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Agenda calls for action to fix mental health system

December 15, 2017
by Julie Miller, Editor in Chief
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The 21st Century Cures Act authorized a new committee to drive improvements in the system of care for those with serious mental illness (SMI) and serious emotional disturbance (SED). On Thursday, its initial report was delivered to Congress with 45 specific recommendations.

According to the Interdepartmental Serious Mental Illness Coordinating Committee (ISMICC), its report is not meant to gather dust but instead should serve as a guiding document for federal action in the years to come. The public-private committee will meet at least twice a year and is scheduled to follow up with a list of accomplishments in December 2022.

“We have an unprecedented time in our history where we have a congress that has given us the ability to look at these problems and make changes and implement new kinds of innovations and basically do the work to improve care for people with serious mental illnesses so they can recover in their communities,” says Elinore F. McCance-Katz, the assistant secretary for mental health and substance use at SAMHSA, who also chairs ISMICC. “And we have a president and an administration that supports that.”

McCance-Katz tells Behavioral Healthcare Executive that ISMICC has received positive response from stakeholder groups, and she is hopeful that this is the time for change in the care delivery system.

CCBHC expansion recommended

In “The Way Forward: Federal Action for a System That Works for All People Living With SMI and SED and Their Families and Caregivers,” behavioral health leaders, with the cooperation of at least 10 federal agencies, outlined practical actions needed to improve cost, quality and access. Across all the recommendations, a central theme can be found: Today’s fragmented mental health system must revolutionize in a dramatic way to offer coordinated, whole-person care.

For example, ISMICC calls for expansion of the Certified Community Behavioral Health Clinic (CCBHC) project. CCBHCs aim to design a sound payment mechanism that reimburses providers fairly for much-needed comprehensive care. Currently, eight states are working to craft the new delivery model over a two-year period, but advocates have long called for expansion to more states and federal support beyond two years.

“The idea is we keep people out of emergency departments because we know emergency departments do not serve people with mental illness well when they are having acute exacerbations of their illnesses,” says McCance-Katz. “The idea of integration is one, [as] we know from medical models, that works well, and we believe it’s a model worth pursuing for the seriously mentally ill who tend not to get services they need and require.”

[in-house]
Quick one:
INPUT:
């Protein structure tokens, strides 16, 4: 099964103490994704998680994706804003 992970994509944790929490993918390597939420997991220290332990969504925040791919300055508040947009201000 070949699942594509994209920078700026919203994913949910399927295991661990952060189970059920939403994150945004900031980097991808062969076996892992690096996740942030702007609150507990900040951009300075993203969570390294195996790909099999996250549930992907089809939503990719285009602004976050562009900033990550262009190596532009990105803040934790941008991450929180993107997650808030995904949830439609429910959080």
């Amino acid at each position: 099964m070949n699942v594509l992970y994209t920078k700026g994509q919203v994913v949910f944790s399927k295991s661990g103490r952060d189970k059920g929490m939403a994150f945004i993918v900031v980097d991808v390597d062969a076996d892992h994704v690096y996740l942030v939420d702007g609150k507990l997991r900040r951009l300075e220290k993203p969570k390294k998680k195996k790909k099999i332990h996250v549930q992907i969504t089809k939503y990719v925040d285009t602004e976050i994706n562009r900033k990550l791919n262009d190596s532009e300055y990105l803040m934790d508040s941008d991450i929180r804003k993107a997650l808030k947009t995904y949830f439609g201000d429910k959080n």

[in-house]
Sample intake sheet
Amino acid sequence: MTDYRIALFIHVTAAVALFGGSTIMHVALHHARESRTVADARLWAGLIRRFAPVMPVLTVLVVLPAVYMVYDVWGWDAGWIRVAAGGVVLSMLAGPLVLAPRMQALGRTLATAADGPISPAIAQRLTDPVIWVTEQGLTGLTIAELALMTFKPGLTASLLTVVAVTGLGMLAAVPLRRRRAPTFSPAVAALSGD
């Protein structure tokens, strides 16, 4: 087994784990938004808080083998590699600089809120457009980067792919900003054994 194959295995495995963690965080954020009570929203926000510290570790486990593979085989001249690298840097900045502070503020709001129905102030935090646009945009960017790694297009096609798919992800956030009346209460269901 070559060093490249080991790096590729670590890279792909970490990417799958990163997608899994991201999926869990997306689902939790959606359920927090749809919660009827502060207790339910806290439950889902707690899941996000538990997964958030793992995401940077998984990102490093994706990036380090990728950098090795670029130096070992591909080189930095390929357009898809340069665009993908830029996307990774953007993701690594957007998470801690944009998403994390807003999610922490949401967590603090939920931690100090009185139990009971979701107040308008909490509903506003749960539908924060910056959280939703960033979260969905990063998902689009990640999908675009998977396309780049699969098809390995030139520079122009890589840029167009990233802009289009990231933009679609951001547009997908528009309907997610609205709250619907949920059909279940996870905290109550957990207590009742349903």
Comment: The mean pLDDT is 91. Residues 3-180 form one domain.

CCBHCs have already shown evidence of improved care delivery. A survey produced by the National Council for Behavioral Health in November found workforce expansions have occurred in all the demonstration areas thus far, with a total of 1,160 new staff hired—including psychiatrists and staff with addiction specializations. Additionally, 87% of the clinics report they have been able to serve more patients thanks to the new capabilities.

Charles Ingoglia, the National Council’s senior vice president for public policy and practice improvement, says the CCBHC structure is similar to that of the federally qualified health centers, and the model will ultimately bring parity to the safety net.

“It is the means by which clinics will have the capacity to expand the workforce, to increase the number of people served, while offering evidence-based care, and to do a better job of coordinating care across systems,” Ingoglia says.

He says he shares the hopefulness of ISMICC, applauding the excellent work of the committee and recognizing the breadth of its report to Congress.

“As wonderful as this report is, we do need action in terms of increased funding and increased parity enforcement,” Ingoglia says.

Payment concerns

Indeed, ISMICC recommends that provider reimbursement for the delivery of behavioral health services should equal that of other health services. While it’s certainly an issue of parity, McCance-Katz notes that higher payment would encourage more health professionals to enter the behavioral health specialty and improve access.

“From my perspective, decisions need to be made that mental healthcare and the care and treatment of mental health and substance use disorders is so important, is so prevalent, is such a problem in our society, that we need to make it possible to get care by making payment and reimbursement to the providers of those services equal to those on the medical side,” she says.

CCBHCs receive enhanced payments from Medicaid, which allows them to offer more services from more professionals that might not otherwise see reimbursement.

“When we underpay our providers, when we have fragmented care, people do not get the services they need,” McCance-Katz says. “And it condemns them to the impairment of mental illness and makes it impossible in some cases for them to function in day-to-day life. It isn’t right. We shouldn’t be doing that in the United States.”

As for its next steps, ISMICC will aim to prioritize the list of recommendations.

 

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